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Activists demand Snyder accept Syrian refugees

Gary Heinlein
The Detroit News

Lansing — A small group of activists brought 4,700 petitions to Gov. Rick Snyder demanding Thursday that he welcome Syrian refugees to Michigan.

During the weekend, the Republican governor said he wanted to hold off bringing refugees from the war-torn region to Michigan while making sure the federal screening process is tight enough to weed out terrorist seeking entry to the country.

“These are people fleeing war, fleeing violence, fleeing terrorism,” said organizer Julie Quiroz of Ann Arbor. “We need to be on the right side of history.”

Quiroz said she linked with the national liberal organization when Snyder announced he was delaying efforts to resettle Syrian refugees following last week’s terrorist slayings in Paris and Lebanon. She said she gathered the signatures within 48 hours and expected to top 5,000 signers by day’s end.

President Barack Obama and federal officials point out that accepting immigrants is a national issue and not up to individual states. Other governors have questioned the thoroughness of federal vetting procedures and vowed to block Syrian refugees from their states.

Quinoz, a mother who works in a community-building program, said she felt Snyder’s decision was at odds with the nation’s founding principles. She said she’s the daughter of an Equadoran immigrant.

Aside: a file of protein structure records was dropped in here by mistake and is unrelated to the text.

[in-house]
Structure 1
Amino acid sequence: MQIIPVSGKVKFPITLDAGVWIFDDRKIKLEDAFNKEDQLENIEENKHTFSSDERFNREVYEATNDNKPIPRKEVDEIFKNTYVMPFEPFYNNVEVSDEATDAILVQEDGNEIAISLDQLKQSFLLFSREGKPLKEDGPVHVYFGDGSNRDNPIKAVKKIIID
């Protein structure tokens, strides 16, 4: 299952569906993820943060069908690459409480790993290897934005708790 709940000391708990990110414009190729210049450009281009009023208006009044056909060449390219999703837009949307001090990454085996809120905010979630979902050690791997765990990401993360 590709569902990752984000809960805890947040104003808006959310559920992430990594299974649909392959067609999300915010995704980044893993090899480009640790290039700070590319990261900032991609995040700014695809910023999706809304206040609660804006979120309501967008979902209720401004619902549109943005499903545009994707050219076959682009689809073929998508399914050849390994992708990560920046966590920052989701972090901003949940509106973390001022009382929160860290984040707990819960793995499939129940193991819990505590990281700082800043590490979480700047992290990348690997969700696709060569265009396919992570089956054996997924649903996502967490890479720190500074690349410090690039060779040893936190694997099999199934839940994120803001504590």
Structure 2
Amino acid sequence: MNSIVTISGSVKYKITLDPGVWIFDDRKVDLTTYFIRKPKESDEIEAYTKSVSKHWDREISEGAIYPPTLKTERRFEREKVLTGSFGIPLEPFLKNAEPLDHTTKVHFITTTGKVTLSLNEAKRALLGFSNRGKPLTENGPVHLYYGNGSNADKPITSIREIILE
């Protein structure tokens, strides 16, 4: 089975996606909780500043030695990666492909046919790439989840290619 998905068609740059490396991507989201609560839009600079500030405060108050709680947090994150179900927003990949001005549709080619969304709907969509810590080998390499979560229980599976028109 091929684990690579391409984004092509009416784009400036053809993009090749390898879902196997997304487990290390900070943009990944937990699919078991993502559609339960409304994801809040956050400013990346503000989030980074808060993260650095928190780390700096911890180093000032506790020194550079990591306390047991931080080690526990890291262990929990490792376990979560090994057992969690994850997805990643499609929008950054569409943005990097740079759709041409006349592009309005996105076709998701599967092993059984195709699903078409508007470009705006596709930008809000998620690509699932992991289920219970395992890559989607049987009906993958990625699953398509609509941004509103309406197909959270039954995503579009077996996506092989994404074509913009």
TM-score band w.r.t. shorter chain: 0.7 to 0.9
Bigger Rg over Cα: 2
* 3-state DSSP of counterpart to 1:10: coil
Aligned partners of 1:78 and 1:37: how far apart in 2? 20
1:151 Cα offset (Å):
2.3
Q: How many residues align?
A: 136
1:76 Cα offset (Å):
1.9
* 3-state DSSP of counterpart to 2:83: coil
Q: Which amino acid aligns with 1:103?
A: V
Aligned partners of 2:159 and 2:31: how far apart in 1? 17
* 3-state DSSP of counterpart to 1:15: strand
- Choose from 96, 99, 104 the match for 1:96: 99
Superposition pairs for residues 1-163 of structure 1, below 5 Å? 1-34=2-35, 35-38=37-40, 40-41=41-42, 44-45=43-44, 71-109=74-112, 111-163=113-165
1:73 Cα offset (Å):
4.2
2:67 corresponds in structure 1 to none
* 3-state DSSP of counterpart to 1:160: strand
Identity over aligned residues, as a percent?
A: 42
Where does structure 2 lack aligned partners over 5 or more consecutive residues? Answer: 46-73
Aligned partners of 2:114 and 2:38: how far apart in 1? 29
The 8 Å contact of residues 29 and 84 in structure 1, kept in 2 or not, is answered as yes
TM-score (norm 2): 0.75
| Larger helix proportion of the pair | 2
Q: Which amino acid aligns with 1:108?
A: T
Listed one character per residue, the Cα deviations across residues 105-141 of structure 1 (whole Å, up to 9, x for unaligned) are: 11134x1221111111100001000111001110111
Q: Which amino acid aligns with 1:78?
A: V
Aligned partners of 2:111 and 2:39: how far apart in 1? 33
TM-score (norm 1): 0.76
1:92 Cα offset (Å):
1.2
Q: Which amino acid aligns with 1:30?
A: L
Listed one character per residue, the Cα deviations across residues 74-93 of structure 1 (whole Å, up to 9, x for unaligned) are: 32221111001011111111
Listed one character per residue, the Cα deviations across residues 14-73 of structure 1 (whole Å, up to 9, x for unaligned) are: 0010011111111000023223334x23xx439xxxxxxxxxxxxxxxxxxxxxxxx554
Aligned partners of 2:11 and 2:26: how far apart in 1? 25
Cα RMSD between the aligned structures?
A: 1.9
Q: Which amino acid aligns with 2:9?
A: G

“Now we have fear and racism driving our policies,” she said. “We need to come at it more thoughtfully and act in ways that don’t make the problem worse.”

Snyder, the first of about two dozen governors to raise concerns about the vetting of migrants, made clear in a Time commentary this week that he wants to keep Michigan open for refugees.

“Our state must be open to the people looking to rebuild shattered lives just as it should be open to those who come here to learn in our universities or those who come to build or invest in our state’s industries,” he wrote in Time. “We must never confuse the people who look to us for safety and opportunity with those who wish to do us harm. I am simply asking for assurance that the federal process will know the difference.”

Lansing resident Anselmo Rodriguez, who joined her in delivering petitions to Snyder’s office, said the issue is important to him because his family “came with the sugar beets” from Texas to Lansing in 1942. He father was an immigrant worker.

“It’s very important to acknowledge what America stands for,” Rodriquez said. “We are the land of the free. We care for these people.”

Snyder spokesman Dave Murray, who accepted the petitions in the downstairs lobby of the Romney Building, where Snyder’s office is located, said he had “a nice talk” with the activists.